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MEASLES
Frequently Asked Questions  
 
 
Question: What are the symptoms of measles? 
Answer: Measles begins with a fever that lasts for a couple of days, followed by a cough, a runny nose, conjunctivitis (pink eye), and a rash. The rash typically appears first on the face, along the hairline, and behind the ears and then affects the rest of the body. After about 5 days, the rash fades in the same order in which it appeared.
 
Q: Given the community outbreak (currently in Baltimore, Maryland), how can I prevent getting measles? 
A: The best way to prevent measles and its spread is to get vaccinated. The measles vaccine is very effective, resulting in lifelong immunity for 97% of people who receive 2 doses. One dose of MMR vaccine is about 93% effective against measles.* The measles vaccine is part of the MMR (measles, mumps, and rubella) vaccine, which helps prevent all 3 viral infections. In addition, practicing good hand hygiene and respiratory etiquette (covering cough/using a tissue) is advised. 
 
Q: How do I know if I should have the measles vaccination? 

A: All persons less than 19 years of age should complete a primary measles immunization series with 2 doses of MMR vaccine. You do not need the MMR vaccine if you are: 

  • (Child who has) Already had 2 doses of the MMR vaccine 
  • (Adult who has) Already had 1 dose of the MMR vaccine and are not at high risk of measles exposure 
  • Someone born before 1957 and not in a group at higher risk for measles exposure 

OR 

  • Had blood tests that show you are immune to MMR (measles, mumps, and rubella.
Q: Is it the same as German measles? 
A: No, the strain that’s in the community is measles, not German measles.
 
Q: How long after being vaccinated will it take for me to be immune? 
A: The vaccine takes about 2 weeks to provide protection against measles.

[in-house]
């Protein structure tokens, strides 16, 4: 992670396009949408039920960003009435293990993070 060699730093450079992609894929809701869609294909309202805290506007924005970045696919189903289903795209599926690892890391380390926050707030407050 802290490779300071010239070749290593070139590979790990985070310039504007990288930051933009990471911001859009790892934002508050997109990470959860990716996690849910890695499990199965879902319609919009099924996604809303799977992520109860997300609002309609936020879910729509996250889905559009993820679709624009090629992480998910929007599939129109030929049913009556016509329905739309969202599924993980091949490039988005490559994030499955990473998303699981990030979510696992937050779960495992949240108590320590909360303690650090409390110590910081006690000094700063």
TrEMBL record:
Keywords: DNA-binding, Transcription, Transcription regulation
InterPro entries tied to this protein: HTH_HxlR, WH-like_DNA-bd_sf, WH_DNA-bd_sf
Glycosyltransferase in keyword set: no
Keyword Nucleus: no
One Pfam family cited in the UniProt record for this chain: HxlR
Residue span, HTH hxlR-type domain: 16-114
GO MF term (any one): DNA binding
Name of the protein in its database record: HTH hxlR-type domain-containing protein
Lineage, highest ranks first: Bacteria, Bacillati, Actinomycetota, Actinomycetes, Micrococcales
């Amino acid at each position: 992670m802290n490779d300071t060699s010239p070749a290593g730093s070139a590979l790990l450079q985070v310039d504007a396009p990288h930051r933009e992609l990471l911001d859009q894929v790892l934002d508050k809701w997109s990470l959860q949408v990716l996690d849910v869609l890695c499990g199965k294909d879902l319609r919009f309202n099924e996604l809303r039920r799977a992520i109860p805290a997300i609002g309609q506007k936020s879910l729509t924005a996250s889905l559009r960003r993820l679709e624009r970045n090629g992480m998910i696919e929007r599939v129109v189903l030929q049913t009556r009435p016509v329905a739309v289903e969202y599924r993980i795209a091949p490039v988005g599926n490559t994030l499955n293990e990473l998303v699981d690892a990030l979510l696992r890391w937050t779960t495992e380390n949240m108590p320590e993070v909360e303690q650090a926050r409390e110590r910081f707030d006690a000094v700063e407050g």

Q: What should I do if I have symptoms or think I’ve been exposed? 
A: If you or your child has a fever and a rash, or you think either of you has been in contact with the measles virus, call the appointment and advice line any time at 1-800-777-7904 (TTY 711) for further instructions. 
 
Q: I have a child less than 6 months of age and am concerned about their being exposed to measles. Can I get them vaccinated early? 
A: The MMR vaccine is not approved for children less than 6 months of age. Children in this age group typically have measles antibody, acquired from their mother before birth, which provides protection from the disease. 
 
Q: Besides vaccination, what else can I do to avoid infection? 
A: While hand hygiene will not prevent measles, it is the number one way to prevent the spread of infections. Practice proper hand hygiene and respiratory etiquette such as covering cough/using a tissue.
 
Q: I am pregnant — what should I do to protect myself and my baby from measles? 
A: Measles infection during pregnancy can be associated with increased complications to both the mother and baby. Prior immunizations help protect both the mother and baby during pregnancy. Pregnant patients with symptoms of measles should call the appointment and advice line any time at 1-800-777-7904 (TTY 711) for further instructions.

Q: How do I know if I have been immunized? 
A: Kaiser Permanente members can review their immunizations in their medical record, accessed via kp.org or the Kaiser Permanente app. Once signed in, choose “Medical Record” and then “Immunizations.” If you have questions, call the appointment and advice line any time at 1-800-777-7904 (TTY 711). 
 
Q: Where do I send a copy of my past vaccination records to update my Kaiser Permanente medical record? 
A: Kaiser Permanente members can send a photo or copy of their childhood or adult vaccination records as an attachment to a secure e-mail message to their doctor via kp.org or the Kaiser Permanente app. Once signed in, choose “Message Center” and then “Create a message to my doctor.” If you have questions, call the appointment and advice line any time at 1-800-777-7904 (TTY 711).
 
Q: Where can I find more information? 
A: The District of Columbia Health Department, Maryland Department of Health, Virginia Department of Health has up-to-date information regarding measles. In addition, general information about exposures and immunizations for the general public is available from the State of Maryland, Commonwealth of Virginia and District of Columbia (dial 211).   
 
 
* CDC Measles Vaccination: www.cdc.gov/measles/vaccination.html